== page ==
By: Michelle Moran
Release Date: August 14, 2012
Source: publisher in exchange for an honest review
(may differ from final copy)
You will see in the newspapers the result of our battles and the conquest of Egypt, where we found resistance enough to add a leaf to the laurels of this army.
The Second Empress is the story of Napoleon’s second wife, Maria Lucia, the daughter of the Emperor of Austria. Napoleon sets aside his first wife, Josephine, due to the fact that she was unable to bear children for him and probably another contributing factor could well have been her numerous rumored affairs. If it is one thing most people know about Napoleon is he doesn’t liked to be made a fool of. Moran portrayed Napoleon just how history portrays him, egotistical.
Maria (later renamed Marie Louise) has no choice but to obey the summons by Napoleon, even though her heart belongs to Count Adam Neipperg. I found that Marie was a very determined woman. She knew exactly how to appease the volatile Napoleon without facing her great-aunt Marie Antoinette’s fate. Moran did a wonderful job staying true to how history recounts Marie Louise’s life. She appeared meek, but she was a very clever woman and knew her duty. After bearing the heir for Napoleon, she cements her position. There was never any love between the two, mainly because they each loved another. Napoleon, even after casting Josephine aside, remains devoted to her as the letters between them that Moran incorporates into the story proves and of course Marie loves Adam.
The Second Empress is also told from the POV of Pauline, Princess of Borghese and Napoleon’s conceited sister. There were many speculations about Pauline and Napoleon’s relationship. Pauline thought very highly of herself and thought that she and Napoleon should rule together as the Egyptian royal families did. After her brother got rid of his first wife she really thought that he would ask her to marry him and rule with him. When it became known that he was going to wed in Austrian princess, Pauline is livid. This begins the downward spiral of Pauline, whether it is because of her illness (from her many liaisons with men) or her jealously or a combination of both. Not the most likable character but then she wasn’t the nicest person so job well done on . Moran’s part.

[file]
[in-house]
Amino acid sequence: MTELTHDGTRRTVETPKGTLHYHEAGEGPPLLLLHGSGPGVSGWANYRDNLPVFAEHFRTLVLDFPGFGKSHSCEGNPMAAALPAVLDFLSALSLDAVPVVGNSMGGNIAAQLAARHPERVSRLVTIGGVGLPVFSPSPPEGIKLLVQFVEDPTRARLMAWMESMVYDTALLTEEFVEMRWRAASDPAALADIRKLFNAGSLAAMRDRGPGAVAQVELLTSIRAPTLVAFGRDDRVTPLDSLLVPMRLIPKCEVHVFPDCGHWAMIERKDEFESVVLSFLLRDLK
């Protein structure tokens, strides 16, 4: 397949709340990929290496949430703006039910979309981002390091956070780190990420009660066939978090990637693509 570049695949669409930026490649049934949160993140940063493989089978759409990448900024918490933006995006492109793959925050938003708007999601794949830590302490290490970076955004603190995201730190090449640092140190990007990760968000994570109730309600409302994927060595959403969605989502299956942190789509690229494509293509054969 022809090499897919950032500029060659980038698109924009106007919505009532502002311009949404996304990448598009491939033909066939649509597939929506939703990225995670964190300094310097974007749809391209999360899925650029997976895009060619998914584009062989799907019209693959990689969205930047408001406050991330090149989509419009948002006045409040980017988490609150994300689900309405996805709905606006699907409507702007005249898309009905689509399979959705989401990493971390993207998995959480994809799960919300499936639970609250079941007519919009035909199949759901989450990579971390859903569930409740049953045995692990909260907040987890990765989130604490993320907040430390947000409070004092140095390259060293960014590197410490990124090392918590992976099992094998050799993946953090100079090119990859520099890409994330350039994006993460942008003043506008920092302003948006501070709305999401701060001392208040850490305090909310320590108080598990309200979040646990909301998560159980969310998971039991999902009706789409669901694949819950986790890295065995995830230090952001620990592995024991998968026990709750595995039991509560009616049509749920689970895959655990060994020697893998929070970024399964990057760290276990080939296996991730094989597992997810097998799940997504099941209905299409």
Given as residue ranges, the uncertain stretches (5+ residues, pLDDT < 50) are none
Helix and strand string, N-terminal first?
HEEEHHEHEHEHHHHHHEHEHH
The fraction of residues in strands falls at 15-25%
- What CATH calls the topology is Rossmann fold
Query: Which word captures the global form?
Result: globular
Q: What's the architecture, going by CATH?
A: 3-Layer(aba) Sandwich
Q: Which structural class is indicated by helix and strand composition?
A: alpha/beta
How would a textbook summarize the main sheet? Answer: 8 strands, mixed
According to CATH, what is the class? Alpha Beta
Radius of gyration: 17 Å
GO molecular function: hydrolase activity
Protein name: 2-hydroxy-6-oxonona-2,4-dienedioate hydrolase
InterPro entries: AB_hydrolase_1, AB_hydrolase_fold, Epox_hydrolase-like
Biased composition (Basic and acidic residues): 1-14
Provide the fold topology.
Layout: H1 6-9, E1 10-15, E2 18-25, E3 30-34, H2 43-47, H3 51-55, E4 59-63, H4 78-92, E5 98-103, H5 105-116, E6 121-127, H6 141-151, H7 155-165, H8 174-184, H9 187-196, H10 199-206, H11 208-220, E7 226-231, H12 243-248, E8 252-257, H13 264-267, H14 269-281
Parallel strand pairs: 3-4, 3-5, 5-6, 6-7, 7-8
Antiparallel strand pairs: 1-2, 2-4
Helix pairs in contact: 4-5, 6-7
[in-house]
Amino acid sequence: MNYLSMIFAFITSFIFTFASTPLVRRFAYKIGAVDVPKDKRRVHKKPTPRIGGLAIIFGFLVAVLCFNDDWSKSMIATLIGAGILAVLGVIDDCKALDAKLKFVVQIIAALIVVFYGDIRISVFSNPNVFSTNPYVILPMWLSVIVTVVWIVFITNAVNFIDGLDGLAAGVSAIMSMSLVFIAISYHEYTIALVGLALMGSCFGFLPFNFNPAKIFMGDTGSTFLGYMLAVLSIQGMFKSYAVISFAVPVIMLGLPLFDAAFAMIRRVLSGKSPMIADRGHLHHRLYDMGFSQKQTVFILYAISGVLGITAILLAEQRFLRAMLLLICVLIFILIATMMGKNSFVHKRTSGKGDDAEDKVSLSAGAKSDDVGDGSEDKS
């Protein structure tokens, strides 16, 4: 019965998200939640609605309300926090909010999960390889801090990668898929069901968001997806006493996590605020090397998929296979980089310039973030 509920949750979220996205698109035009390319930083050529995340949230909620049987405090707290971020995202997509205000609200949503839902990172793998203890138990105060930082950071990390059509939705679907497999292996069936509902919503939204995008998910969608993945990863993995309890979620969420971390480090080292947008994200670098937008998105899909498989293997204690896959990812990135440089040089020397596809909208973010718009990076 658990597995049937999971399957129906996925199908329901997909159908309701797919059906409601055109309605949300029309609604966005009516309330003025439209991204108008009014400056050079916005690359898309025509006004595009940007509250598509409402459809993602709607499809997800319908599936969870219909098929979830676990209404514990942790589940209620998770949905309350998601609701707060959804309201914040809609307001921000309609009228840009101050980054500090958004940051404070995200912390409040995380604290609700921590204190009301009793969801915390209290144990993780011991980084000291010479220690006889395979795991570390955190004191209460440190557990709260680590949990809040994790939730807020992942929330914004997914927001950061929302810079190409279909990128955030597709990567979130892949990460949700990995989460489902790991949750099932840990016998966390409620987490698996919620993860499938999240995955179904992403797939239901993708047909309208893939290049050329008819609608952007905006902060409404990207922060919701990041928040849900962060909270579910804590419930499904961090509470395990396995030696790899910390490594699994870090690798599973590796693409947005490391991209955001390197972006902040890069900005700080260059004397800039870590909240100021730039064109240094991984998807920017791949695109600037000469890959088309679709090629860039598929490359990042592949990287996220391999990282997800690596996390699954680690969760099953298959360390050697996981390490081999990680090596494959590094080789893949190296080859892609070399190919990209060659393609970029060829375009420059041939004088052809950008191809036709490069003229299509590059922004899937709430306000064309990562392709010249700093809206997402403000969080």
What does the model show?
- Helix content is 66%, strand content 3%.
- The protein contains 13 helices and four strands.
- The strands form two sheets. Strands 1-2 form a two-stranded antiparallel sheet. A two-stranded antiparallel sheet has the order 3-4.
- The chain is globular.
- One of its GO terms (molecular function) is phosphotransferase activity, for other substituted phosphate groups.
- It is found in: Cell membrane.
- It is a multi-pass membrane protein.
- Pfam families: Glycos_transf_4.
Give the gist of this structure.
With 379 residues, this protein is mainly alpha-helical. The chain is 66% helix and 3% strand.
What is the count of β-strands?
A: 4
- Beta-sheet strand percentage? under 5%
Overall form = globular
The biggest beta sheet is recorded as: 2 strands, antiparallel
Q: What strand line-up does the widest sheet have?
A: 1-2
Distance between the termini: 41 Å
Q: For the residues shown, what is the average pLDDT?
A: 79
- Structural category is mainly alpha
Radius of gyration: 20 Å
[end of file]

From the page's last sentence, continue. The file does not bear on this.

The third narrator is Paul Moreau, Pauline’s half-Haitian chamberlain. He provides a unique perspective into the lives of Pauline, Napoleon and Marie. His voice provides the reader with more information that otherwise would not be achieved with only using characters on the inside of the royal family. Paul and Pauline’s relationship is strictly friendship and towards the end you see the strain Pauline’s vanity puts on this friendship.
Moran’s novels are always rich in detail and her characters are historically quite accurate. I loved that she focused on Napoleon’s personal life and how his military strategies actually tear it apart. There were times that I didn’t care for the short choppiness of the chapters towards the end that made the story feel rushed, but all in all this was an enjoyable read.
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